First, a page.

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Why working from home can be good for your career

Mourn the loss of the after-work pub later. There are several reasons why working from home can be good for your career.

The coronavirus pandemic has, for the time being, changed the way that every business operates. The induction day is likely long gone as are informal lunches with the team. That doesn’t mean that you get no benefits from starting a job or continuing a job with social distancing in place. That said, everyone will be different and your environment, distractions and processes will change the way you experience working from home. These are just some of the beneficial arguments to consider:

You are future proof

If nothing else, the pandemic has been a wake-up call for businesses. According to the Office for National Statistics, only 5% of the UK workforce mainly worked remotely, with a quarter occasionally working from home, in 2019. The Business Impact of Coronavirus Survey conducted between the end of March and early April 2020, puts the figure at around 48% that have moved to remote working. This shift has required time and money investment, policy changes and business adjustments that are not going to be forgotten lightly. Adapt now, use technology as your ally, not your enemy, and you’ll be well placed for the future job market.

Connectivity

Ever met the CEO? How about Jim from marketing on the third floor? Or Julie from engineering on six? Induction days are the time that you meet everyone that works for the company – before promptly forgetting each of their names because you, like everyone else, can only remember a few things at a time. Now that companies have to use their IT systems, you have a transcript of most of your conversations, along with contact lists for all the relevant departments. You no longer need to trek up the stairwell to find the anonymous author of that important company missive. This can be used to your advantage – make those connections, foster conversations online and use the transcripts of the lessons that you learn from others to build your skills profile. Add them on LinkedIn to have a professional connection for future jobs too.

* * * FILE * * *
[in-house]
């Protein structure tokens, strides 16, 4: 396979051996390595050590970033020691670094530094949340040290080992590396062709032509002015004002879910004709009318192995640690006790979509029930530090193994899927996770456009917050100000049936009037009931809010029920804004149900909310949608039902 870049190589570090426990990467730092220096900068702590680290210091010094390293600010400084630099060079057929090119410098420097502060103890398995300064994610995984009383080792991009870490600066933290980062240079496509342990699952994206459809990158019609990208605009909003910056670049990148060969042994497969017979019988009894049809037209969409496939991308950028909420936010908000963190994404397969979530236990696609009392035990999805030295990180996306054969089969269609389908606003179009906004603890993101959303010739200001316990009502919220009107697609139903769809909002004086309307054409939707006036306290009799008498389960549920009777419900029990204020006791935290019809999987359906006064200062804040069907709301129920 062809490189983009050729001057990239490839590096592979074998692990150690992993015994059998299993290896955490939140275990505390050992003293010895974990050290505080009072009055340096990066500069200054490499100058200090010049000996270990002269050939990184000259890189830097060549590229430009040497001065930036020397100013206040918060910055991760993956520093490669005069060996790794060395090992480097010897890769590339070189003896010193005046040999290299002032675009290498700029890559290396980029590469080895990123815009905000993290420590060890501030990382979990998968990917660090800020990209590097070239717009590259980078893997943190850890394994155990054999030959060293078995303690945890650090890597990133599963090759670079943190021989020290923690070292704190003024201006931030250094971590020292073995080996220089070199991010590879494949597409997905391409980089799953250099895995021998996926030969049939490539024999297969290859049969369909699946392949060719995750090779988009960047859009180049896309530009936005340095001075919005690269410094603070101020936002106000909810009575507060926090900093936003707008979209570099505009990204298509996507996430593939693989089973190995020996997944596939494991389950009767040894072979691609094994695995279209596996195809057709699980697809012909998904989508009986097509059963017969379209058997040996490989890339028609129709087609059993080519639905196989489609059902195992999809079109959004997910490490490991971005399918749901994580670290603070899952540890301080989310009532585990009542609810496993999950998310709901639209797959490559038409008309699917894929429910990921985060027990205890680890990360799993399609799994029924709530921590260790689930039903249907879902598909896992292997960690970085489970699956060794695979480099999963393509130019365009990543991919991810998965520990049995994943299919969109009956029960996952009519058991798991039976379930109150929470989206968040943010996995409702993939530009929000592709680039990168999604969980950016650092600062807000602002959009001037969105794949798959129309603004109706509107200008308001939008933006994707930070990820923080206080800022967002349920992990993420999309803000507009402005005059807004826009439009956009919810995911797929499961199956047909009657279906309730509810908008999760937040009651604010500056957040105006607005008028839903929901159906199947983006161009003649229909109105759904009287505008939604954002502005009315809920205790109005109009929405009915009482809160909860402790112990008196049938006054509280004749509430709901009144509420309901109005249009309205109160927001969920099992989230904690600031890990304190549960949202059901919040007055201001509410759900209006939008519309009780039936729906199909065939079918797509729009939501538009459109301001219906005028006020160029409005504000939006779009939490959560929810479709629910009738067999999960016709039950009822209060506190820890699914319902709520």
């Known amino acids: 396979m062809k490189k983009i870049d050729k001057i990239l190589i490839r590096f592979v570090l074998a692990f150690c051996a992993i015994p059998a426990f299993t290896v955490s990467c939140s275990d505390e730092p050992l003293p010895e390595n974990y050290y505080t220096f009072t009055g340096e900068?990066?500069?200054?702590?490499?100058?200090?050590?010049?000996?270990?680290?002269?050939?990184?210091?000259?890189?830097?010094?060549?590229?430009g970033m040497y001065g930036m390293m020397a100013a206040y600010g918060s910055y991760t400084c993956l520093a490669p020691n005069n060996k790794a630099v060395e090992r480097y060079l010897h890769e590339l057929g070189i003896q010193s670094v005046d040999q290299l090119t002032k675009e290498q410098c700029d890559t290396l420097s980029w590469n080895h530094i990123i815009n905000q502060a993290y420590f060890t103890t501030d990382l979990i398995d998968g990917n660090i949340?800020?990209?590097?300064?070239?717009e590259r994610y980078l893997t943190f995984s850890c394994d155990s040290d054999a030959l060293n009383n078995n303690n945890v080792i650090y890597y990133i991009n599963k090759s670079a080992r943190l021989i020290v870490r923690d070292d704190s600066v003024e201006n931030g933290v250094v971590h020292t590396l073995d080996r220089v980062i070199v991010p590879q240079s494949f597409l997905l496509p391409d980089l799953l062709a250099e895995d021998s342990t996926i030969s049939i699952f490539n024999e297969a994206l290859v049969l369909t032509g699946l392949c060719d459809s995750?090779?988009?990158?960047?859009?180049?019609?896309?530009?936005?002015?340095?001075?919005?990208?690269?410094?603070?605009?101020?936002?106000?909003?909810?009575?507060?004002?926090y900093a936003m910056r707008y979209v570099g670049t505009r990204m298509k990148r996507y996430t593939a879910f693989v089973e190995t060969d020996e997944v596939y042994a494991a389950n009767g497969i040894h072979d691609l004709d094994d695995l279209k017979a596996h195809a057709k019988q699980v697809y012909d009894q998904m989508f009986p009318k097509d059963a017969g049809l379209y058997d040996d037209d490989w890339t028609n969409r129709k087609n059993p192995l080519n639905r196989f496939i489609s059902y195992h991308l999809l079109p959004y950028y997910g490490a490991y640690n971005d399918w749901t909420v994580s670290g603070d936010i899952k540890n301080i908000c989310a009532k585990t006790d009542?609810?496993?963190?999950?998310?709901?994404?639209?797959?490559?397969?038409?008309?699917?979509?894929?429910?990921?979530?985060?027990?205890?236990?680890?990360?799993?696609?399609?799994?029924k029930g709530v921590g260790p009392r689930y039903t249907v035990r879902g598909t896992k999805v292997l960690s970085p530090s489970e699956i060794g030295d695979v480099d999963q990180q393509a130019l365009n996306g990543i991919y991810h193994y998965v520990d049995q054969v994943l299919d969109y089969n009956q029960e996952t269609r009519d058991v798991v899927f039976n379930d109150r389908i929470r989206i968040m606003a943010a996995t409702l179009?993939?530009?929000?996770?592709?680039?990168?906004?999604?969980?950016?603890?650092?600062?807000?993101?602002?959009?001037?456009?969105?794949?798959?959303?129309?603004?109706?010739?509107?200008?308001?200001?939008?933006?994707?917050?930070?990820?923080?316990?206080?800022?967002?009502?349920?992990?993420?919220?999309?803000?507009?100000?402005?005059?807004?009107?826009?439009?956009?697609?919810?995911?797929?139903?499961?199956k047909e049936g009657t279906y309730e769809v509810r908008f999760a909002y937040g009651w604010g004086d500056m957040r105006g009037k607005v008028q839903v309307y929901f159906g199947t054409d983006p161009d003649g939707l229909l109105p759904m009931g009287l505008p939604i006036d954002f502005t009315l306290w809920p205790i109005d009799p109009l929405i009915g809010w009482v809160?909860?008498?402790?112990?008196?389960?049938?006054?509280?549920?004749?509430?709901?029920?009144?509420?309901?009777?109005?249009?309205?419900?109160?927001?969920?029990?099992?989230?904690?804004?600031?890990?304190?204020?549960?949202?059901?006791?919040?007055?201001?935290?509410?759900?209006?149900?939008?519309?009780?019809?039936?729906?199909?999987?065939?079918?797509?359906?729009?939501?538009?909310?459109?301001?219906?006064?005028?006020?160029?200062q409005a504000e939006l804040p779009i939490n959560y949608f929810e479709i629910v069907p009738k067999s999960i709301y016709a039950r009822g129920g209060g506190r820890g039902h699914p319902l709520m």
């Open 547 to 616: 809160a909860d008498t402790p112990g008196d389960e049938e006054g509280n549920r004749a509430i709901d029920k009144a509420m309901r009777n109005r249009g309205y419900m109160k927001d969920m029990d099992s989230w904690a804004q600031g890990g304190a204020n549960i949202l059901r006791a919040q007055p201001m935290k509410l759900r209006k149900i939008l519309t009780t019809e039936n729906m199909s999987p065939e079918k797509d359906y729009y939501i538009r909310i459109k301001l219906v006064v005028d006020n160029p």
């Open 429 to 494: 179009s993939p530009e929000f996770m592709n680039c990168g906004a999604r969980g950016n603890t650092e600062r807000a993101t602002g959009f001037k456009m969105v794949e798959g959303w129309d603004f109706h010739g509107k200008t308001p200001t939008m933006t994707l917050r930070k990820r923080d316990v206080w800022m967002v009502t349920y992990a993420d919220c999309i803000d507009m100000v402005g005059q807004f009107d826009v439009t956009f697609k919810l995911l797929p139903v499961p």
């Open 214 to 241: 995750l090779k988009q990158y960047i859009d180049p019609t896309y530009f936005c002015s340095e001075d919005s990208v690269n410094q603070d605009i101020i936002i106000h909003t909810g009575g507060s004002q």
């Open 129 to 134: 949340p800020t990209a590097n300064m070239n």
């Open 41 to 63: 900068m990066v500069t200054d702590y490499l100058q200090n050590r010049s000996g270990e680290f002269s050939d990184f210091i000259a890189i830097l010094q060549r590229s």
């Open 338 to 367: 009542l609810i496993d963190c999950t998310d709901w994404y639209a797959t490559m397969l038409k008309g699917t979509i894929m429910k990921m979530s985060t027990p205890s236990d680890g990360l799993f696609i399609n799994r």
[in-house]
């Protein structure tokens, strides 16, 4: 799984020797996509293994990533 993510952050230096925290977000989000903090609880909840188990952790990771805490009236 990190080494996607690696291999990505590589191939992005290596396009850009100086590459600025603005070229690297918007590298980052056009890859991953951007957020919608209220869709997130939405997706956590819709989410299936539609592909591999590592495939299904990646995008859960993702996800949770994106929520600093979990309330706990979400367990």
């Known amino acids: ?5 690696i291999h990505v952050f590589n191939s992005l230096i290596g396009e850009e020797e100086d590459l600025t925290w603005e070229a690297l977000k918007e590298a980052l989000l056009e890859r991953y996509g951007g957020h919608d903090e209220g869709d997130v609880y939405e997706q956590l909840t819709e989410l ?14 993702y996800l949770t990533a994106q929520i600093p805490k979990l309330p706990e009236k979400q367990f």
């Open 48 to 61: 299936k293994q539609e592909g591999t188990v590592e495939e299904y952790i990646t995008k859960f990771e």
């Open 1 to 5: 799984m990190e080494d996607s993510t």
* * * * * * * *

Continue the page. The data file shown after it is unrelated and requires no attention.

Learn something new

You are no longer paying for petrol, the bus or the train. You’re saving money, and you’re probably also saving time. Keep the routine in place and get up as you normally would for work, but use the time differently. Why not invest your temporal commuting savings into an online course? Learn how to code, learn a new language or learn the ins and outs of marketing or mathematics. Try Coursera, Codeacademy, Freecodecamp or Duolingo and make that extra time work for your career with a new set of skills.

Learn from your mistakes without the stress

There is often a focus on the things that you’re missing out on when working remotely versus working in an office: you miss the one-to-one time, the resources, the company socials, the office environment etc. You also miss out on some of the bad things too: colleagues bearing witness to your first mistake, getting a name wrong in conversation, lateness due to transport changes or pressing the wrong button on office machinery. This is your chance to have a safe space while you learn, document your mistakes via the electronic paper trail and ensure that you are more comfortable when (and if) you return to the office in future. Your space working at home is what you make it. You can create an environment that is good for your concentration, use a system to track your work so you can look back and see where you went wrong and practise your public speaking in front of a computer rather than a crowded team meeting. Make the most of it.

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